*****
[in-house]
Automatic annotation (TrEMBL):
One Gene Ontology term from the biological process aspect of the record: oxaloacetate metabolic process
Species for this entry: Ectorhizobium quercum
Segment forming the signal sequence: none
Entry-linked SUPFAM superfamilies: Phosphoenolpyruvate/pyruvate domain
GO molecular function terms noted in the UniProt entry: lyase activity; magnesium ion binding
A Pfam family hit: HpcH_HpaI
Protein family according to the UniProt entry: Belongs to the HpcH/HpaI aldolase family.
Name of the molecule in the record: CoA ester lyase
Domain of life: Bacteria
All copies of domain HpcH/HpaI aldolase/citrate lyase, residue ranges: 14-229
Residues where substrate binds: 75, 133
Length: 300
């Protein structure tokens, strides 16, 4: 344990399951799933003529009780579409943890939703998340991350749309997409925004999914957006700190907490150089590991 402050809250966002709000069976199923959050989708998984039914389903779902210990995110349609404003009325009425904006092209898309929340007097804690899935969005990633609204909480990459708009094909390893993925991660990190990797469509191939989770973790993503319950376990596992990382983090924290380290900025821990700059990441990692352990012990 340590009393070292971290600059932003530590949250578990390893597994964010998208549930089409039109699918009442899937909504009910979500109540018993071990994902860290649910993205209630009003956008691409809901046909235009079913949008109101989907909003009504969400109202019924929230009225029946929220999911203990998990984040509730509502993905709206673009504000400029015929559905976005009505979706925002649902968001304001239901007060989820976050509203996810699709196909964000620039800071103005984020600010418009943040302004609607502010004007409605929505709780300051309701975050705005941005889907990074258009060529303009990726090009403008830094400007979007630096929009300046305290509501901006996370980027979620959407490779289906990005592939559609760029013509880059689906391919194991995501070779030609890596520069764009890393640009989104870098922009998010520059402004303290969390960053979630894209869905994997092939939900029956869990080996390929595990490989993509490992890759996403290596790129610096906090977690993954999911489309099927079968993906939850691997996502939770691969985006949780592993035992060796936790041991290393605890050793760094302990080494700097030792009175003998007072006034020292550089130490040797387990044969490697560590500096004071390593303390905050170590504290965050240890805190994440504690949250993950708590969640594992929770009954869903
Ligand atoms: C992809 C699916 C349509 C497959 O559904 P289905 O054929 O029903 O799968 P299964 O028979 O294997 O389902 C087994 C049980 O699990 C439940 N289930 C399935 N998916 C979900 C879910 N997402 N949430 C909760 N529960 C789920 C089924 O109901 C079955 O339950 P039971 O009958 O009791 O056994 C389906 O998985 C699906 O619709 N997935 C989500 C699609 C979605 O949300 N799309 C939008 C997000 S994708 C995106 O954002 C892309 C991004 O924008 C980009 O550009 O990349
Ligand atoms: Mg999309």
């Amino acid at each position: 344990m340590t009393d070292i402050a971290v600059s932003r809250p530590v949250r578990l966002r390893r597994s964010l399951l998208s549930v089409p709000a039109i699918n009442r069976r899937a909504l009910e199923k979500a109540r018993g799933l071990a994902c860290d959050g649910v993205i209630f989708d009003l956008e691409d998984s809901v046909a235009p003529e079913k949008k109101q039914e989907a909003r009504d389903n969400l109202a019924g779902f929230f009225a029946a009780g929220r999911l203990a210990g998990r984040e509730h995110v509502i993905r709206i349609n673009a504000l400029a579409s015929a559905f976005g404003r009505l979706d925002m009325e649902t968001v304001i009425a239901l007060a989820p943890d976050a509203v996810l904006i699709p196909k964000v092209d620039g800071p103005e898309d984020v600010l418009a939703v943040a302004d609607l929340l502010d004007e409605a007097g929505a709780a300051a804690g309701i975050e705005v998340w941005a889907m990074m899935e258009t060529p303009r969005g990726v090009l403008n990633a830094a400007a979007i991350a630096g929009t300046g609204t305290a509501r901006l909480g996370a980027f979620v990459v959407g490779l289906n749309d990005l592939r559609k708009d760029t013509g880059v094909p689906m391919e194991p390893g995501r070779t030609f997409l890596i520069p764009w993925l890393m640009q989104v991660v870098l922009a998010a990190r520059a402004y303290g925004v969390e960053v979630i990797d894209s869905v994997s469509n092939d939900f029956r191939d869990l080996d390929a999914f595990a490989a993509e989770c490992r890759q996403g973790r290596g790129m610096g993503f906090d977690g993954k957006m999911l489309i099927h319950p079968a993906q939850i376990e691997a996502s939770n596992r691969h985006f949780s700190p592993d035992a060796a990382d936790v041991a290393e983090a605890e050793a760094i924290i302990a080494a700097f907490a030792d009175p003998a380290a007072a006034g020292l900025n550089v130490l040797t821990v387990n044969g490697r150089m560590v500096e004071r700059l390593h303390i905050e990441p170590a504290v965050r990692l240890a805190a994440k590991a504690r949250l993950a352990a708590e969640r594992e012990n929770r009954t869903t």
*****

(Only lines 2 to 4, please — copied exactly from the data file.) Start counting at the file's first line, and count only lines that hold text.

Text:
Automatic annotation (TrEMBL):
One Gene Ontology term from the biological process aspect of the record: oxaloacetate metabolic process
Species for this entry: Ectorhizobium quercum